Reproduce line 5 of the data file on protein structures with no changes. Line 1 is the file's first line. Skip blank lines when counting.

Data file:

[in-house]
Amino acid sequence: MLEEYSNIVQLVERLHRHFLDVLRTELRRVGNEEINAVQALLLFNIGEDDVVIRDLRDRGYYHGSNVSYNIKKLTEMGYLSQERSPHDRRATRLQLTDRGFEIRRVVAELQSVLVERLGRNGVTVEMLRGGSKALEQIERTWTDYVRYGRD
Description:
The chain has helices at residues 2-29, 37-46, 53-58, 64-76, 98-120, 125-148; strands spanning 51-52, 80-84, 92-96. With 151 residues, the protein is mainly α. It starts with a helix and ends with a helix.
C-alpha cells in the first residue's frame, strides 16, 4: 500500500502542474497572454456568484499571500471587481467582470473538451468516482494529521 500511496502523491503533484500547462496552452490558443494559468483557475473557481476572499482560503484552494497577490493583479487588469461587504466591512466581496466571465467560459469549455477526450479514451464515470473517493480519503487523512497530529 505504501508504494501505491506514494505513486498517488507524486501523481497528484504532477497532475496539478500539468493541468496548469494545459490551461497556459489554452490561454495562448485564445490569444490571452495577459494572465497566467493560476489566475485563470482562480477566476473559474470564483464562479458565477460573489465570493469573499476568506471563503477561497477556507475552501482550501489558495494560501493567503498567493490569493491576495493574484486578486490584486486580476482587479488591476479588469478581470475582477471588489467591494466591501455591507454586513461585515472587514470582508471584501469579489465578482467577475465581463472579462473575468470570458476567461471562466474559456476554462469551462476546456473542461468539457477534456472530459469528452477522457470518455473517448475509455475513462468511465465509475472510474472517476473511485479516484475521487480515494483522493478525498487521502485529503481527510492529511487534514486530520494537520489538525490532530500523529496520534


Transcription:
C-alpha cells in the first residue's frame, strides 16, 4: 500500500502542474497572454456568484499571500471587481467582470473538451468516482494529521 500511496502523491503533484500547462496552452490558443494559468483557475473557481476572499482560503484552494497577490493583479487588469461587504466591512466581496466571465467560459469549455477526450479514451464515470473517493480519503487523512497530529 505504501508504494501505491506514494505513486498517488507524486501523481497528484504532477497532475496539478500539468493541468496548469494545459490551461497556459489554452490561454495562448485564445490569444490571452495577459494572465497566467493560476489566475485563470482562480477566476473559474470564483464562479458565477460573489465570493469573499476568506471563503477561497477556507475552501482550501489558495494560501493567503498567493490569493491576495493574484486578486490584486486580476482587479488591476479588469478581470475582477471588489467591494466591501455591507454586513461585515472587514470582508471584501469579489465578482467577475465581463472579462473575468470570458476567461471562466474559456476554462469551462476546456473542461468539457477534456472530459469528452477522457470518455473517448475509455475513462468511465465509475472510474472517476473511485479516484475521487480515494483522493478525498487521502485529503481527510492529511487534514486530520494537520489538525490532530500523529496520534